Lancaster trans student aims to make history

Anna Lee.
Anna Lee.
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A Lancaster University student is set to make history as the first openly trans woman to stand for election for a top national role.

If successful, Anna Lee will become the National Union of Students (NUS) Women’s Officer representing all female students across the UK.

Anna, who describes herself as “a queer trans disabled lesbian woman” recently gained national attention by campaigning for gender-neutral toilets at Lancaster’s students’ union-run nightclub the Sugar House.

She also won the NUS Women’s Campaign of the Year award for setting up the Lancaster University Run Against Domestic Violence and gave evidence at the Parliamentary Trans Enquiry led by Maria Miller MP.

Anna is currently vice-president (welfare & community) of Lancaster University Students’ Union.

She first ran in a student election four years ago and said she was “driven by anger”.

“I was angry; really angry about how badly I had been treated when I came out,” said Anna.

“In my five years in the student movement, I have changed a lot - in fact, some might say it’s been a transformative experience!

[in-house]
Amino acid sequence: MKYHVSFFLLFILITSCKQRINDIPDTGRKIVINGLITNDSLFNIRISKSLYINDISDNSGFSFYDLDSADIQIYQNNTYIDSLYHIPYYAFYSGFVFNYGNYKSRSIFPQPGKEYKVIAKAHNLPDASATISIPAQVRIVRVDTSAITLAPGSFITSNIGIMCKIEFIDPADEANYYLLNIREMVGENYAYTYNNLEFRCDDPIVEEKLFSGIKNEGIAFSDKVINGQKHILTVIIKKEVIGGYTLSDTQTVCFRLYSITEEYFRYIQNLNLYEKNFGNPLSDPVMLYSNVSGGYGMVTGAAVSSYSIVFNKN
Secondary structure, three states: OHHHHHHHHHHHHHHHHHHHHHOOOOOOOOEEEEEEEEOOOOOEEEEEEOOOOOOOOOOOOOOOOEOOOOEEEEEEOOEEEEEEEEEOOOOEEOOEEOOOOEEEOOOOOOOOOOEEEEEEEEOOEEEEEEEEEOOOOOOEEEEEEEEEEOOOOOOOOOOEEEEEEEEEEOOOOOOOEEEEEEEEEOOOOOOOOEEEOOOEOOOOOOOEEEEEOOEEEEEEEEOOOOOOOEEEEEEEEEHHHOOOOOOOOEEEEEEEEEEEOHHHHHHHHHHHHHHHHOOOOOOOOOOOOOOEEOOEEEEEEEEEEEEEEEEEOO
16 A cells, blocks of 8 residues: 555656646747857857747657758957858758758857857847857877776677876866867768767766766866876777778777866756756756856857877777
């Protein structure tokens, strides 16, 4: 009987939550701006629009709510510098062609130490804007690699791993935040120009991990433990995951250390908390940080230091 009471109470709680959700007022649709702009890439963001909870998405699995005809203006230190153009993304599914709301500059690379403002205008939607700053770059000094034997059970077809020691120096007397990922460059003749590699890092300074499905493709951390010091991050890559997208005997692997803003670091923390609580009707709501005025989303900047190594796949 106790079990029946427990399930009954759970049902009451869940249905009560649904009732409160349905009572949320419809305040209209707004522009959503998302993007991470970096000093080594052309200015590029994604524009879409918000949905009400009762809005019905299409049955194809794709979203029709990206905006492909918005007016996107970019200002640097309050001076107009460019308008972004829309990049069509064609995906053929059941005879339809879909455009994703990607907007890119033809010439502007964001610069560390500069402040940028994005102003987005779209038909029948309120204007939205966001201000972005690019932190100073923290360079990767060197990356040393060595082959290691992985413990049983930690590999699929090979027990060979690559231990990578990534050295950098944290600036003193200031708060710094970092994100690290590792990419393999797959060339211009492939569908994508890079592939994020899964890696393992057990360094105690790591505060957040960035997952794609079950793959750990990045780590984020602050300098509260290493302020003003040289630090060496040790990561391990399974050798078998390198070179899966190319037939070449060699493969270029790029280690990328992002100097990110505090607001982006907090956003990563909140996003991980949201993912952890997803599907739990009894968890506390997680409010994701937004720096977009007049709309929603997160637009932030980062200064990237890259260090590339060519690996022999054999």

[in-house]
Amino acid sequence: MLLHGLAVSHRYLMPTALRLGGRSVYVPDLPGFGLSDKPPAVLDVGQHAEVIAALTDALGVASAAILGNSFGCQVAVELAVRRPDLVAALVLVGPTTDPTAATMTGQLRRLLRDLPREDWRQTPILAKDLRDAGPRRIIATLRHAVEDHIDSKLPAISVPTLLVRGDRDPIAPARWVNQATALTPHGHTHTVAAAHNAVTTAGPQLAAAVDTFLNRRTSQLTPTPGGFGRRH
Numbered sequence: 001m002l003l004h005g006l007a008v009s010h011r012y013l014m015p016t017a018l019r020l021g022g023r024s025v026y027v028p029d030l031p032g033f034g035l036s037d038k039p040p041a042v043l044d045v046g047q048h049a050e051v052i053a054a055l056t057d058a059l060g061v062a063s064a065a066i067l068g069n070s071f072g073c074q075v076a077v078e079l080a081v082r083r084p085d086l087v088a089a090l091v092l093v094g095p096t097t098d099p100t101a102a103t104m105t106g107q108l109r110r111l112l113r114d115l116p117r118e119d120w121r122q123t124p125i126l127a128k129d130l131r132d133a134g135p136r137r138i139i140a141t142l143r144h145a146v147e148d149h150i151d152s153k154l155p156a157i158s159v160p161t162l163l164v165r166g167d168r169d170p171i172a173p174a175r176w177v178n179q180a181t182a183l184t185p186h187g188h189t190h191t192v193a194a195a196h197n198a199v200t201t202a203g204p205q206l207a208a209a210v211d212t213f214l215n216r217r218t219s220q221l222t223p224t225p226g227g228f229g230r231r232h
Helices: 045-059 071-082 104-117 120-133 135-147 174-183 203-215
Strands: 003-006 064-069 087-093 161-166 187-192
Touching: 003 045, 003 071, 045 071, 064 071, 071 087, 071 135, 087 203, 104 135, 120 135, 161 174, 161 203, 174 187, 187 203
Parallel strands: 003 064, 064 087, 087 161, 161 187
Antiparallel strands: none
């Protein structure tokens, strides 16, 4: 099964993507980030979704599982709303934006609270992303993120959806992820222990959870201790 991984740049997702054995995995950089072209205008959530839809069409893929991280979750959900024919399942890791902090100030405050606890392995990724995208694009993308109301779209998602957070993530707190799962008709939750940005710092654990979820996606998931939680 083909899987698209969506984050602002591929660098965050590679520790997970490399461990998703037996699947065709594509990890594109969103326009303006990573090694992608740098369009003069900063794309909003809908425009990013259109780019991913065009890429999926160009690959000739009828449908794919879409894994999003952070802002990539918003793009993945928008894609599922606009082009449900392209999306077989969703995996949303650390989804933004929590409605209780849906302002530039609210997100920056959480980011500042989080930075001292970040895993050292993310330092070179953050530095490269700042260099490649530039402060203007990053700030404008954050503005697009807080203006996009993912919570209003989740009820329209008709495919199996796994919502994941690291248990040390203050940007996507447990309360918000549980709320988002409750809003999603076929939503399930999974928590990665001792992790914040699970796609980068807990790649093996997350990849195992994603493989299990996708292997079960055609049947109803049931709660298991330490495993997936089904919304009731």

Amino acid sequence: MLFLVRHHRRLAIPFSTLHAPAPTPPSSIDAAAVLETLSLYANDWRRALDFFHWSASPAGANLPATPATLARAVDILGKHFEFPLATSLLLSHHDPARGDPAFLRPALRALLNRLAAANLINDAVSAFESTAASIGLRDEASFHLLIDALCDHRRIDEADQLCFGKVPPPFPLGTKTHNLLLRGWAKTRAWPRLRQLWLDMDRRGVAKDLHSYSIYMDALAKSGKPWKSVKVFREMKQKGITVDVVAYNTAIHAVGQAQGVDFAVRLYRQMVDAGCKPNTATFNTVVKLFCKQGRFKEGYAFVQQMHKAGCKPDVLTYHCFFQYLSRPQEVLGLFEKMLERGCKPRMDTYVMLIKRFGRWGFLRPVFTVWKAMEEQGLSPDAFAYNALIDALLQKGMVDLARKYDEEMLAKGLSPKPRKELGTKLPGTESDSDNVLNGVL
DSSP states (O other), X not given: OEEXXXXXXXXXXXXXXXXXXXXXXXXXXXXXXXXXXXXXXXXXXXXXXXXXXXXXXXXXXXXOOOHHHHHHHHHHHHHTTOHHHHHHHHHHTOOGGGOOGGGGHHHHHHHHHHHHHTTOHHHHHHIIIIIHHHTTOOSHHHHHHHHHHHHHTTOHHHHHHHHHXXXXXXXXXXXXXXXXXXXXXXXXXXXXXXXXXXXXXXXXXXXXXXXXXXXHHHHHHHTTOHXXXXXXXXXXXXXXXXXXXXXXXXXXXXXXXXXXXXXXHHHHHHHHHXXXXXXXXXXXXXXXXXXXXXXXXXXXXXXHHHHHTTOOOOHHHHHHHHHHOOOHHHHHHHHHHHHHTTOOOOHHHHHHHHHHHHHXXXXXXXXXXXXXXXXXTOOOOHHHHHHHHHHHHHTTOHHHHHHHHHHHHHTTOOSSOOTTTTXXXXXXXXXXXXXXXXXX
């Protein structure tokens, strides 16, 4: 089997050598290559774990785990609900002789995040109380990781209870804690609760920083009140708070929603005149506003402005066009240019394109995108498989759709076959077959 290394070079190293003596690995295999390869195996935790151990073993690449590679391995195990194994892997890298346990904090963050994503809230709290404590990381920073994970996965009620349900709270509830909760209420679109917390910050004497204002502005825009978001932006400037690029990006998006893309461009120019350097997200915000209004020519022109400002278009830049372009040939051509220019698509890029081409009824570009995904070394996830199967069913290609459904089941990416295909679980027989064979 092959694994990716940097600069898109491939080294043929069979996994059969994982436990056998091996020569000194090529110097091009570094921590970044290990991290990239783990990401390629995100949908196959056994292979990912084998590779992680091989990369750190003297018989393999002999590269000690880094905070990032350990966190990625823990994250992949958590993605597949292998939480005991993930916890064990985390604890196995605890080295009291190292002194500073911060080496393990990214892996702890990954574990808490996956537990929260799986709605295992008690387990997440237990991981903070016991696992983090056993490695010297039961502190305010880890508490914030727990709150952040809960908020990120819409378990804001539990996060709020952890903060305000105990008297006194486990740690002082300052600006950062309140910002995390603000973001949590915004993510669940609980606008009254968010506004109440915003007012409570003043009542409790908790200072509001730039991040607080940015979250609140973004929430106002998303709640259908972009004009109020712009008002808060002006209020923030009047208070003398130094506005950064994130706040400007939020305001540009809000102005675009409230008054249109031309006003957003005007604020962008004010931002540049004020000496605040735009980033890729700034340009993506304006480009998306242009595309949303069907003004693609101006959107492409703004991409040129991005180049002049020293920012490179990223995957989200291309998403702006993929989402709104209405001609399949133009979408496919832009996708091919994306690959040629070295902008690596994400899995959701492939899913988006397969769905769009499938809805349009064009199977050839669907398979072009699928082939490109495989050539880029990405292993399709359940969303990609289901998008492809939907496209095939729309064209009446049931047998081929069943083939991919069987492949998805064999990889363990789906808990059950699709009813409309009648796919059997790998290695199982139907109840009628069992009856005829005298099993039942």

“Over these years, I’ve had space to grow and develop my own politics, and my passion has become unstoppable.”

Prior to her current role, Anna was a part-time liberation officer and union councillor.

“I never believed that running to be national women’s officer was a possibility,” she said.

“I felt that I had hit a glass ceiling.

“Now, I find myself in unchartered waters, and some shards of that glass ceiling will undoubtedly hit me.

“I know the Women’s Campaign is ready. I know NUS is ready. I’m not convinced that the rest of society is.

“But - when the transphobic ‘feminists’ come and try to tear me down, I will just fight harder and with the help of amazing activists we will show them, together, that the NUS Women’s Campaign demonstrates a progressive approach to inclusive feminism.

“Mainstream feminism constantly forgets about trans women, let alone a queer trans disabled lesbian woman. But the NUS Women’s Campaign should be fighting for educational, community and social spaces that all women can be part of, not just a few.

“We need to start tackling rape culture at an earlier age and teach people consent in intersectional statutory sex ed.

“We need to build the movement and make sure no one is excluded.”

Anna’s campaign aims include to improve education around statutory sex education including sexual consent, challenging Government cuts that disproportionately impact women and making steps forward in increasing the number of diverse women in leadership roles.

The election will take place at the NUS Conference at The Brighton Centre in Brighton in April.